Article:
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Is The UCAT Test Hard?

Advice & Insight From UCAT Specialists

As its name suggests, the University Clinical Aptitude Test assesses academic ability congruent to university entry. We can therefore say yes, it is hard, as universities require certain UCAT grades and levels to be eligible for clinical courses. It is also perfectly achievable provided we understand how individual universities classify eligibility, and how to prepare in order to meet the required criteria.

How Universities rate the UCAT test

The UCAT score is often grouped with academic qualifications by universities to form an overall grade. Queen Mary University of London is one that gives a 50/50 weighting criteria for UCAT scores with academic scores. However, it is important to note that the criteria for this grouping varies across institutions.

For example, the Situational Judgment section of the UCAT, which is marked by bands rather than direct scores, carries different weightings, from automatic elimination for a low band, to no weighting at all. Universities such as Leicester and Nottingham will automatically reject applicants with a Situational Judgment band 4 rating. In contrast, other universities such as Bristol and East Anglia do not take the Situational Judgement band  into consideration at all. It should be noted that while Bristol and East Anglia do not have a specific cut off mark for UCAT scores, low scores mean attaining an interview with them is unlikely.

Other sections of the UCAT examination are considered either by their individual scores, an overall score for all sections, or an average. St George’s University of London requires individual section scores of at least 500 while the Hull York Medical School will not consider any applicant with less than 450 in each section. The University of Dundee will invite applicants with total scores above 2500 for interview and offer places for those above 2700.

Without doubt, all universities expect a high level of academic and UCAT achievement for automatic interview prior to consideration. In addition, the examination is taken at centres which require registration prior to testing. There is a set date when testing begins and when it finishes prior to the UCAS application deadline. All of this requires a considerable amount of planning well in advance to attain the required grades for success on the day.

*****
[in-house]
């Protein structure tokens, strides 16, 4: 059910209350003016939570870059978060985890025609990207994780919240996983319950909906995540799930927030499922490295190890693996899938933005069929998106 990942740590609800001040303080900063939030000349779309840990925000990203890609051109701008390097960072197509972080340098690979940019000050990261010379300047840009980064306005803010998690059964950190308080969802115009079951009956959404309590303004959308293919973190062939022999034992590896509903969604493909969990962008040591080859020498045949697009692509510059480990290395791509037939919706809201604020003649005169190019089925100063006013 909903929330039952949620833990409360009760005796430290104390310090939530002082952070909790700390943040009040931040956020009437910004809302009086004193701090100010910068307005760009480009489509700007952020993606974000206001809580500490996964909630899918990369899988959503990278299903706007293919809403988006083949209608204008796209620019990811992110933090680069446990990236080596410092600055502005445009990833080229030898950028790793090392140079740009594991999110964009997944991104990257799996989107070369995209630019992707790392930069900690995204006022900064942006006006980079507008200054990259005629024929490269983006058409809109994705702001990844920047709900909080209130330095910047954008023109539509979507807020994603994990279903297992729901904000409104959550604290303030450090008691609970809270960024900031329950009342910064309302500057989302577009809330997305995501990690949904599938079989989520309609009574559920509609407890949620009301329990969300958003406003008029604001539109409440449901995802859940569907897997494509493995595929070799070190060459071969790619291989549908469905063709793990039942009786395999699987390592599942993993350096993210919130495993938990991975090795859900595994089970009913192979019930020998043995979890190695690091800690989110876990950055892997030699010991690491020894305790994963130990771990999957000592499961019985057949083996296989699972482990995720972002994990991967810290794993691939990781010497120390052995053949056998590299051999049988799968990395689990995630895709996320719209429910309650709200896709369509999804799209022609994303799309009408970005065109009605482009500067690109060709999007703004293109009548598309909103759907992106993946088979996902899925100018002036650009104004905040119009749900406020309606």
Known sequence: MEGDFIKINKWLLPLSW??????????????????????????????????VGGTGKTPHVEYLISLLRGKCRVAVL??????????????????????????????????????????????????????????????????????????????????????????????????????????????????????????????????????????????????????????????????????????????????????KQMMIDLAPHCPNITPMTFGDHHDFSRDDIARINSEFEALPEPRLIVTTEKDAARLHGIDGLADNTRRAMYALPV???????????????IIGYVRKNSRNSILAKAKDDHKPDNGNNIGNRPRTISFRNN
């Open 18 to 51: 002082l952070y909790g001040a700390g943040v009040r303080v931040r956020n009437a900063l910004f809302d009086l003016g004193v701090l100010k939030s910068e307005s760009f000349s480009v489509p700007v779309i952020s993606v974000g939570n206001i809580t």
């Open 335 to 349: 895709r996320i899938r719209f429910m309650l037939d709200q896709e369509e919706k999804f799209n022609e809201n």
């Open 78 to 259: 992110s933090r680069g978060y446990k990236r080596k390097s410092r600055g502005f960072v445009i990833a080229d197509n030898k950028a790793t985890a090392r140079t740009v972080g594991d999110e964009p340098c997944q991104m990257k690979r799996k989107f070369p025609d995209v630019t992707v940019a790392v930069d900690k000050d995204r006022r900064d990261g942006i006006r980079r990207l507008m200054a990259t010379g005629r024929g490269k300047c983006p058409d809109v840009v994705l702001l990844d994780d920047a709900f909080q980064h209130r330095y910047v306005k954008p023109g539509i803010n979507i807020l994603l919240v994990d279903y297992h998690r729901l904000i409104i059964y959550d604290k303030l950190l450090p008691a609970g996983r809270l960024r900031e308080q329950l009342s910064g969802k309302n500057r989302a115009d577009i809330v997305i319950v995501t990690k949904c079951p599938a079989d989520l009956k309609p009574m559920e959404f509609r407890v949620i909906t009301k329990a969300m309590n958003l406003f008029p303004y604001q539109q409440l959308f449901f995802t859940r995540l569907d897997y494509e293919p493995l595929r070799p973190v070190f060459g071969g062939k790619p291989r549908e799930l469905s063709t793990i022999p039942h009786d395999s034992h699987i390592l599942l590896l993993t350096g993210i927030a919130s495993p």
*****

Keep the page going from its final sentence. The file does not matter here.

So how does an learner achieve these required grades? The first step is to familiarise yourself with the format of the UCAT examination.

Getting to know the UCAT Test

While it may contain elements that are similar to tests encountered at earlier levels of education, such as Verbal and Abstract Reasoning, the UCAT examination requires a greater understanding of each concept. It also condenses all of these elements into a single two hour sitting. This requires mental dexterity to adapt to each section and to answer each question at a much faster rate. Verbal Reasoning will present you with 44 questions and only around 20 minutes to complete while Abstract Reasoning will give you 55 questions in less than 15 minutes. We can see a brief outline of the sections below:

Verbal Reasoning Comprehension test
Decision Making Interpret information from text/diagram
Quantitative Reasoning Mental maths test
Abstract Reasoning Interpret visual information
Situational Judgement   Make ethical decisions

44 Questions
29 Questions
36 Questions
55 Questions
69 Questions

21 Questions
31 Questions
24 Questions
13 Questions
26 Questions

Therefore, the UCAT cannot be passed without adequate preparation. You must put in place a structured learning schedule weeks in advance. This will allow you sufficient time to cover each of the five sections of the UCAT Test. It will also allow you to become familiar with the kinds of questions in each section, and most importantly, to develop relevant strategies for each kind of question.  Examples of the kinds of question in each section are listed below.

Verbal Reasoning             

Two question types: Choosing a single best answer or True /False questions.

Decision Making               

​Six question types: Logic Puzzles, Interpreting Information, Recognising Assumptions, Syllogisms, Venn Diagrams, Probabilistic Reasoning

Quantitative Reasoning  

Seventeen question types including: Mental maths for common calculations, topics such as area and volume, fractions, Gross V Net, BMI, percentages and unit conversions

Abstract Reasoning  

Four question types: Test shape belongs to Set A, B, or Neither. Next shape in the series. Which shape completes a text statement. Choose which of  four responses belongs to Set A or Set B.

Situational Judgement     

Choices on safety and ethics.

Evidently, each section has a range of question types and it will take a well-structured learning plan to have a strategy at hand for each one  A learner must also factor in adequate time to practise each type of question so time will not be lost trying to interpret them during the two hour sitting. Speed and accuracy can only be developed through analysis and rehearsal which is why preparation cannot be taken lightly. A professional course of study will focus academic skills on only the relevant areas, training them to identify each question type with knowledge and confidence. This makes the difference between success and failure and makes a hard test like UCAT an easy one to pass.

 

Assad Masud 03/02/21

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